6. When the complainant’s contract ended, he was already 67 years of age, that is, older than the statutory retirement age. He therefore retired on 2 July 2014. When the complainant requested an invalidity allowance a few days later, he was no longer in employment but already retired. The EU Staff Regulations[9] provide for an invalidity allowance where a staff member’s employment is suspended because of total invalidity. There is no right to an invalidity allowance where employment ends because of old-age retirement. By way of analogy, the European Parliament referred to case-law of the EU courts according to which “an official who is not prevented from performing his duties because of his state of health manifestly cannot claim an invalidity pension”[10] and “an official who is not obliged by his state of invalidity to end his service, either because he has previously been granted a retirement pension or because he has already resigned, is not entitled to request the initiation of the procedure to establish invalidity”[11].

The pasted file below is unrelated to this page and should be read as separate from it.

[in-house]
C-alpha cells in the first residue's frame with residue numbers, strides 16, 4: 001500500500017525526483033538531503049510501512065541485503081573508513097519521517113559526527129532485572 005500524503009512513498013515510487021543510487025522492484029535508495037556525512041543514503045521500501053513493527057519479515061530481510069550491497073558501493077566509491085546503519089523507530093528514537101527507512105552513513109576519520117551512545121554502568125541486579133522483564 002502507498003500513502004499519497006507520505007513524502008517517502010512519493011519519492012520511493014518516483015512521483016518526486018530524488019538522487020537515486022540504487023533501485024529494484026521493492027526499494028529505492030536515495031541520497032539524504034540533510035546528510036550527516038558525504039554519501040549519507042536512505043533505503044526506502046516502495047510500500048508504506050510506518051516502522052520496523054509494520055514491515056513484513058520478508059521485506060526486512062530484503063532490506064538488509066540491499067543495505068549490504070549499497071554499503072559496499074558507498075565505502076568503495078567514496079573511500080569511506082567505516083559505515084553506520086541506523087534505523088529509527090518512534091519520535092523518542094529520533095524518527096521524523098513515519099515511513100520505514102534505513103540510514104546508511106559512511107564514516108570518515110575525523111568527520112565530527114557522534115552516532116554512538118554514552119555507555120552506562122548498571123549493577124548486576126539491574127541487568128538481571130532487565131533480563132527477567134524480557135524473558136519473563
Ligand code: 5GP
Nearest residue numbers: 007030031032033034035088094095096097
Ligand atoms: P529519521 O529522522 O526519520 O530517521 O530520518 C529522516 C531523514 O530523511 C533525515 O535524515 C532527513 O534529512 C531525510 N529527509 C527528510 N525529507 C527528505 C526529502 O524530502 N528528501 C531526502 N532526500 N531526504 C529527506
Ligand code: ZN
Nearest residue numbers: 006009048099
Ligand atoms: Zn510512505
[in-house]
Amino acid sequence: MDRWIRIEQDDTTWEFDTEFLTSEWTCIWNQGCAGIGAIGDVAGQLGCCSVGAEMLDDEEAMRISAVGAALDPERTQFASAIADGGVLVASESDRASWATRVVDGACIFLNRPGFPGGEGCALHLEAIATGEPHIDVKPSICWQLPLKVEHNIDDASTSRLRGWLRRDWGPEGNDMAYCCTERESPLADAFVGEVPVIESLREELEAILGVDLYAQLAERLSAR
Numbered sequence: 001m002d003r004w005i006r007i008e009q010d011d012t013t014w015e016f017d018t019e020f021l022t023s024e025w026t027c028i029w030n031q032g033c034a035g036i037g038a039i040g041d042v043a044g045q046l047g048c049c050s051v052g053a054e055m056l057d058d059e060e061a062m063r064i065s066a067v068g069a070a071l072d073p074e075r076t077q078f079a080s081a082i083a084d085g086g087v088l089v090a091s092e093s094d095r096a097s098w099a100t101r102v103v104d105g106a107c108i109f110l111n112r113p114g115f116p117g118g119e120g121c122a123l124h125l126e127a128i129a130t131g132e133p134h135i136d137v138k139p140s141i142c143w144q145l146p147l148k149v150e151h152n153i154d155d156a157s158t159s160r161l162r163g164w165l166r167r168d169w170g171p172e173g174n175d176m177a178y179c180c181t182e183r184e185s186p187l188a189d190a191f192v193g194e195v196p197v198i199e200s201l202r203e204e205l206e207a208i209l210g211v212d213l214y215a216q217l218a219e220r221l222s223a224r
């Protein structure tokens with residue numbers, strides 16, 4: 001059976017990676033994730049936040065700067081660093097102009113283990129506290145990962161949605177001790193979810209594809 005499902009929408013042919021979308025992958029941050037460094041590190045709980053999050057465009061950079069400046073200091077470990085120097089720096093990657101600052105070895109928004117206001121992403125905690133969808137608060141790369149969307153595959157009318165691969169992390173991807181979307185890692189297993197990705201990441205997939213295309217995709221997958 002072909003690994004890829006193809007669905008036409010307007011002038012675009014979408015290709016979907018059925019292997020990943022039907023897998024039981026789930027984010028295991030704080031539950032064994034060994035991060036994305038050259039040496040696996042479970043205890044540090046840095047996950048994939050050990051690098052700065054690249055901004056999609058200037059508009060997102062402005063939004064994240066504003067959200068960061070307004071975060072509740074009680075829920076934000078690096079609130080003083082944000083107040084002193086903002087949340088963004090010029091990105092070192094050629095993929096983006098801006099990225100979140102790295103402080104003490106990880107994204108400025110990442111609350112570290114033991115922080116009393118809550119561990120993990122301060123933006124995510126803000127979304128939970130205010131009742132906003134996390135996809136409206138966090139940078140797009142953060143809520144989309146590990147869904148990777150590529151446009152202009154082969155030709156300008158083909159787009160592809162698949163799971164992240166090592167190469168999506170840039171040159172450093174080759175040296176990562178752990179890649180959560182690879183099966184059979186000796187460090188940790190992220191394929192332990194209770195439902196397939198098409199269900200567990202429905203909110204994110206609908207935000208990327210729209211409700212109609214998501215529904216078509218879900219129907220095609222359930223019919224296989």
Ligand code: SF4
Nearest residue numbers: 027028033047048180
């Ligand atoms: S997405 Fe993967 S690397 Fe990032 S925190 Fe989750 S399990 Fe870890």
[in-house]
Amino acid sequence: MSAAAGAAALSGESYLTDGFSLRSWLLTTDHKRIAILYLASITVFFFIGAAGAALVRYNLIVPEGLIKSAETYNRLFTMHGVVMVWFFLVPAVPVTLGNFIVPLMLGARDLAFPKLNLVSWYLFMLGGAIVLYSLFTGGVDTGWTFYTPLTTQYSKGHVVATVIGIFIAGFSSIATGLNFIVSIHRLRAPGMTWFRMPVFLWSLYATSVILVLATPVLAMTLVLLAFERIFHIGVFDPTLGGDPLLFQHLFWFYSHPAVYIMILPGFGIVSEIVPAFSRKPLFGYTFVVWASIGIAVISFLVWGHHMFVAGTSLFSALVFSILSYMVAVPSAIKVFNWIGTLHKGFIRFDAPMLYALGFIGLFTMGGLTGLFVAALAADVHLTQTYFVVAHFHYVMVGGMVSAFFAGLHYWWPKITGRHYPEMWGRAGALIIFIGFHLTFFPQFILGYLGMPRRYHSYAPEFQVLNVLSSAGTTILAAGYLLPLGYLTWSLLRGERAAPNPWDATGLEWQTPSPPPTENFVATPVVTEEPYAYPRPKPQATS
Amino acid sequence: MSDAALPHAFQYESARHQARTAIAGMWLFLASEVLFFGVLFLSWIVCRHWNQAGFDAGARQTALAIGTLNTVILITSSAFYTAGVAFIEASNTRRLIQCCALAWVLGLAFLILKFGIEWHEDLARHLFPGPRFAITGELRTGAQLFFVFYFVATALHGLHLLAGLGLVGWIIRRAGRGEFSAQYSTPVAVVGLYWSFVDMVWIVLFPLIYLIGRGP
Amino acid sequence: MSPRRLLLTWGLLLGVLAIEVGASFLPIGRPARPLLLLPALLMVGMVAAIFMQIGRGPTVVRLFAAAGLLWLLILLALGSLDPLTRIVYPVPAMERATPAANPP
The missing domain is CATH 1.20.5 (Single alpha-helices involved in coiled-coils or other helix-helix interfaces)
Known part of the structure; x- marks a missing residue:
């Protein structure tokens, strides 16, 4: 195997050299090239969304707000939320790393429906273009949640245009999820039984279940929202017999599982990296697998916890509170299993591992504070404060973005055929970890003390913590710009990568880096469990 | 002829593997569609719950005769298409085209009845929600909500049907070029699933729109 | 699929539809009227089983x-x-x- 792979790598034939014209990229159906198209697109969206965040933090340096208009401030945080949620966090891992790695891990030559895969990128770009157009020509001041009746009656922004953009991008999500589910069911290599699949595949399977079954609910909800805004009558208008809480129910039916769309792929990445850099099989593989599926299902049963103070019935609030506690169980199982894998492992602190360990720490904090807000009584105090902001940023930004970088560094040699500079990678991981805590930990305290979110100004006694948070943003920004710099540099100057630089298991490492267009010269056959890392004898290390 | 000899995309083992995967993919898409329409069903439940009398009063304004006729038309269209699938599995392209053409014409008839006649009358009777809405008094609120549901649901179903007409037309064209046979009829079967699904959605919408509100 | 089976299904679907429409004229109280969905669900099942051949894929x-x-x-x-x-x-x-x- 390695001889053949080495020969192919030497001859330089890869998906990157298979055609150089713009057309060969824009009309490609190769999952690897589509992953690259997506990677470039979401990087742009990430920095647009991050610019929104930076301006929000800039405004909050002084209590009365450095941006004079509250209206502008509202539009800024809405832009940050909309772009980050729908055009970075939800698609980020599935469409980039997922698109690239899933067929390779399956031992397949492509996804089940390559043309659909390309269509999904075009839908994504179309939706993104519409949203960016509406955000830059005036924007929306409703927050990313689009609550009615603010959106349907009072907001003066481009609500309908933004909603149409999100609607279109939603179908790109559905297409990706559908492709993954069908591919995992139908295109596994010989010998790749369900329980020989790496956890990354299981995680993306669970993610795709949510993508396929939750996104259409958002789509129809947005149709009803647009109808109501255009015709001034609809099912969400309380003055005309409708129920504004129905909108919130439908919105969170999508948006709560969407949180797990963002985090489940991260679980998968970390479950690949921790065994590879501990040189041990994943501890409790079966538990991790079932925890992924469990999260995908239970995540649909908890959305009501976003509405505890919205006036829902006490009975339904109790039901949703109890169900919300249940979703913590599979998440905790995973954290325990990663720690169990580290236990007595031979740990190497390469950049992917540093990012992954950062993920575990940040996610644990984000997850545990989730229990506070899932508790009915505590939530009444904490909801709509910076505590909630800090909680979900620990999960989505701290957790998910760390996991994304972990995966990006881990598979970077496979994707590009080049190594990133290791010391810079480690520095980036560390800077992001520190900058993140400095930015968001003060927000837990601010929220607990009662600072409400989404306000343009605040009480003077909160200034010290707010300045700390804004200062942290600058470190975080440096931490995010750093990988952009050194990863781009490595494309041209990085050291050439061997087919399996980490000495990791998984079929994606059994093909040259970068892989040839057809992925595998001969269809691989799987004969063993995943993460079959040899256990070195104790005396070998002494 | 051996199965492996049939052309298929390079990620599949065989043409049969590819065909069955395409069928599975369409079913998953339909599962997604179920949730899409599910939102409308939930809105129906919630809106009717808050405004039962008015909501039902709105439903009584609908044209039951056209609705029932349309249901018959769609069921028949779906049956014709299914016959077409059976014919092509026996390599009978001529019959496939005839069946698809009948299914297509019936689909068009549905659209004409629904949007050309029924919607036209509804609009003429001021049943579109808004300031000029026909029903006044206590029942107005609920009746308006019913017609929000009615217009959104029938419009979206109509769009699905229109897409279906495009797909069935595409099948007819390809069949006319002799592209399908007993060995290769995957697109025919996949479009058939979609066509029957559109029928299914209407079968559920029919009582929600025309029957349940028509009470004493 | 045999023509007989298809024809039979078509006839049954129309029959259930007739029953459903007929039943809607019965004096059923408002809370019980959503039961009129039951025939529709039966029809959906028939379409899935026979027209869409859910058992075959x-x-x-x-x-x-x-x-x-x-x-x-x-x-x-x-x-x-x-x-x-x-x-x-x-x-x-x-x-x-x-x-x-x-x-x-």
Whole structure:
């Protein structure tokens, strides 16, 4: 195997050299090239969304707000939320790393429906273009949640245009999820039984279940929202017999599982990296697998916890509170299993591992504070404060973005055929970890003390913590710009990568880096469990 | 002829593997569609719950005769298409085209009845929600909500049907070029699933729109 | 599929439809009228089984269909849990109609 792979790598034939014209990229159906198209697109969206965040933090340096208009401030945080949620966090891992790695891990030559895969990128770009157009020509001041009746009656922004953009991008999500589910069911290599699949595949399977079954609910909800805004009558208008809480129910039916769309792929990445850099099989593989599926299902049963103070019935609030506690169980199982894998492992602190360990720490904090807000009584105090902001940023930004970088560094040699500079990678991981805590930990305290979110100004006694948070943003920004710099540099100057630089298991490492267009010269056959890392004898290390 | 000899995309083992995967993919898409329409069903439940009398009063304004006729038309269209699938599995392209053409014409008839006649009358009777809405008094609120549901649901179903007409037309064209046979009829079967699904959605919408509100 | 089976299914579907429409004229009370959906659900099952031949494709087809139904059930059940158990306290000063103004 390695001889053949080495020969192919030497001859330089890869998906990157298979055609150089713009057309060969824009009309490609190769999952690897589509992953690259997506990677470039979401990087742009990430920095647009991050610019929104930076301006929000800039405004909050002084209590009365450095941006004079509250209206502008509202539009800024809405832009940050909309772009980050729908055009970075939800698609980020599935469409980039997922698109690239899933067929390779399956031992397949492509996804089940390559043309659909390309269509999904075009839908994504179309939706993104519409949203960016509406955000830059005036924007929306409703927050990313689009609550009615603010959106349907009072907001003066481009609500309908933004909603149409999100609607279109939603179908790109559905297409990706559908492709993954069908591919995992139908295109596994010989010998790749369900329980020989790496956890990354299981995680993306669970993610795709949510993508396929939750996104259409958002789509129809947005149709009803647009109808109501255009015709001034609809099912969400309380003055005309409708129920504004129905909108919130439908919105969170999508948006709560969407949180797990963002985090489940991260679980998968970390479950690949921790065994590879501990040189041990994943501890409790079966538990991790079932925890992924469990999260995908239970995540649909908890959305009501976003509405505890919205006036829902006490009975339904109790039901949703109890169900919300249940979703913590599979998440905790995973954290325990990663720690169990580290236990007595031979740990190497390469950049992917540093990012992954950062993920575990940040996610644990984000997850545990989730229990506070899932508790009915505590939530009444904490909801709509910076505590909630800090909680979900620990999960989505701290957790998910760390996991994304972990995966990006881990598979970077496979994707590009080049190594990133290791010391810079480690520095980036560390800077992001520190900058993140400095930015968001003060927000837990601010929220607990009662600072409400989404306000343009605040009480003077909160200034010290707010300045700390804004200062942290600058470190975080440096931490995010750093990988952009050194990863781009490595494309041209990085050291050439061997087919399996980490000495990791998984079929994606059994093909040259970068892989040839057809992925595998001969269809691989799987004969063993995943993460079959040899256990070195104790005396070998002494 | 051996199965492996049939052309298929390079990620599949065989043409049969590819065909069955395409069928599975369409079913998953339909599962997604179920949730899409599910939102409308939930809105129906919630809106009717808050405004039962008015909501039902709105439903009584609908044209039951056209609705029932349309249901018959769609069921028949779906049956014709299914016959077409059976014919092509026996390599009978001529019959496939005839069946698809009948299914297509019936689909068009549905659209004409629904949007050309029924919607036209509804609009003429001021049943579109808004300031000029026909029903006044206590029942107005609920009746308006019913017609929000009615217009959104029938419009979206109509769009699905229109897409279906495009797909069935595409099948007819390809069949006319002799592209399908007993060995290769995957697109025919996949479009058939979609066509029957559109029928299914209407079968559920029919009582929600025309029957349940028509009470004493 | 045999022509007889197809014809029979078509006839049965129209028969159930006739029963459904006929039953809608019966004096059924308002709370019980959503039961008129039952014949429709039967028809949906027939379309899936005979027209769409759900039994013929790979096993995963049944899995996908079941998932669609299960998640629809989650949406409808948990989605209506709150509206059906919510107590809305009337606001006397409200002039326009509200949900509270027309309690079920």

7. The European Parliament therefore maintained that the complainant was not entitled to an invalidity allowance. It also clarified that the EU Staff Regulations do not allow for a retirement pension to be topped up with an invalidity allowance.

8. The complainant did not agree with the European Parliament’s decision and turned to the Ombudsman in 2017. In his view, the European Parliament’s decision not to grant him an invalidity allowance is discriminatory on the grounds of age, infringes his fundamental right to social security, and amounts to maladministration. The complainant argued that he should have had an effective opportunity to apply for an invalidity allowance and should have been properly informed about the applicable procedure before his contract came to an end. His retirement pension constitutes only 20% of his last salary, whereas the invalidity allowance would amount to 70% of his last salary. The complainant provided proof that the EU’s Joint Sickness Insurance Scheme had recognised his medical condition as a serious illness.